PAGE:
It’s August and I am longing for the consolation of sunflowers. When the light begins to fade and harvest season approaches, a stand of giant sunflowers is assertive and cheerful. Alas, we have no garden and even the mean little deck we converted to an outdoor aerie is forbidden. Not so much as a windowbox is thriving around here–and certainly nothing as fabulous as sunflowers. So Sharon Lovejoy’s Sunflower Houses seemed like an optimistic read.
This book will appeal to the secret earth-goddess-hippie in you. It’s about much more than sunflowers, although they do appear in charming formation. The book is a collection of vignettes, children’s garden games and magical interactions with nature. You can learn how to make daisy chains and grow giant cucumber fish in a bottle. There are reminders about creating commons for the fairies, using rain barrels and mulching to save water. You could design butterfly gardens, clock-shaped gardens, pizza gardens, try some worm composting, cultivate ladybugs.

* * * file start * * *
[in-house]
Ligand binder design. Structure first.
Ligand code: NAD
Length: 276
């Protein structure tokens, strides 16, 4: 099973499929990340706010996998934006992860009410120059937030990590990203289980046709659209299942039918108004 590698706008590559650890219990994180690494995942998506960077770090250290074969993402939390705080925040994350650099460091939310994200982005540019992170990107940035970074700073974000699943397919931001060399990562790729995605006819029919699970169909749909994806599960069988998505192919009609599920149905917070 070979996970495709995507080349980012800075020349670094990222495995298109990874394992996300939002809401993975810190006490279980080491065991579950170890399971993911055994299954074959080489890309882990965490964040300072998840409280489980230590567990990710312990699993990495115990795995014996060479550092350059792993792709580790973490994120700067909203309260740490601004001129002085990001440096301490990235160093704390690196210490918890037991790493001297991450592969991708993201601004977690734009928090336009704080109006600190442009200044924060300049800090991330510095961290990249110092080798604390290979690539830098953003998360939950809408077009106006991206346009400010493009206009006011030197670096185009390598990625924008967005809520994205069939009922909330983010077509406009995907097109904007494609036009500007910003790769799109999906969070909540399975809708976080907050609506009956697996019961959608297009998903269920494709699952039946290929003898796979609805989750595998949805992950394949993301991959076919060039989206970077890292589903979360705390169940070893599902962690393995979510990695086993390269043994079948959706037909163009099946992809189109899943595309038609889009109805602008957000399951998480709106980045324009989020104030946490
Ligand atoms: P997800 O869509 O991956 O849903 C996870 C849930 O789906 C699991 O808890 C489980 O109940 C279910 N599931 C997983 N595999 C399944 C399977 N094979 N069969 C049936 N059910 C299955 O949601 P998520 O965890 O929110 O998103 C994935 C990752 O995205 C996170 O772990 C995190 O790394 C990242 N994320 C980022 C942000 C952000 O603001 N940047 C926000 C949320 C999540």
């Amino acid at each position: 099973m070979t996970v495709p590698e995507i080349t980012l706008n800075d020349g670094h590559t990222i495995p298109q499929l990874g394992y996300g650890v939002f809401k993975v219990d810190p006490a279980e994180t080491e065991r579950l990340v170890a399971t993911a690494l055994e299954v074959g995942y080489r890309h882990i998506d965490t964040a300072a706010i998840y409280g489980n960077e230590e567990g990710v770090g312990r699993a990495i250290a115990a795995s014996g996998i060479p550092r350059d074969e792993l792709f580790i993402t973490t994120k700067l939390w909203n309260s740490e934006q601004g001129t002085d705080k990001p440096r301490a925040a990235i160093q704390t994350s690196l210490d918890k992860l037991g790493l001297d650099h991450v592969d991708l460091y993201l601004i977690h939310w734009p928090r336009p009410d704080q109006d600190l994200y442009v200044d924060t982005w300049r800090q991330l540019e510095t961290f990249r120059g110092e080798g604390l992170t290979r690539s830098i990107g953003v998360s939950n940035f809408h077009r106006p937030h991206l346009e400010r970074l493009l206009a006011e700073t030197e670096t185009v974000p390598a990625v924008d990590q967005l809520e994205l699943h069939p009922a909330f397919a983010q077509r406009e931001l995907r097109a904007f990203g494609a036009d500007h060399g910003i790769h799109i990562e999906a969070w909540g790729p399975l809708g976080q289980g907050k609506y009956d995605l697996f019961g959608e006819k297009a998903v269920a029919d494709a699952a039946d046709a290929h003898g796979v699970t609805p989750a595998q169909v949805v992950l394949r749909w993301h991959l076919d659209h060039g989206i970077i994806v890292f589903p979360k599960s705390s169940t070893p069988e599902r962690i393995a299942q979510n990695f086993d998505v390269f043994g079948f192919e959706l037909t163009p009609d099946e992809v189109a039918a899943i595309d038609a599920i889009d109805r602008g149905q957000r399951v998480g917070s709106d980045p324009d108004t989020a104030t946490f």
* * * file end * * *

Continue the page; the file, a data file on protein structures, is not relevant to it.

A tall teepee of branches planted with vines makes a wonderful tent as it fills in. And the sunflower house in your garden can be a place of wonders with soft green grass for a floor, huge sunflowers for sentinel walls and morning glory vines for a green and blue roof. Green gourds make very useful birdhouses when you cut doors in them, scrape out the insides and let them dry suspended from a fence or some cross poles. Pumpkin patches are brilliant–plan to carve one on the vine into a jack-o-lantern to scare the goblins out of your garden.
Sunflower Houses describes a world light years away from this urban-asphalt-concrete summer. It’s an inspirational gardening book full of stories and reminiscences about flower and vegetable and berry patches. Perfect fantasy reading for a city-dweller in dire need of green and paintbox-bright and growing things.
Sunflower Houses : Inspiration from the Garden – A Book for Children and Their Grown-Ups Sharon Lovejoy | Workman Publishing 1991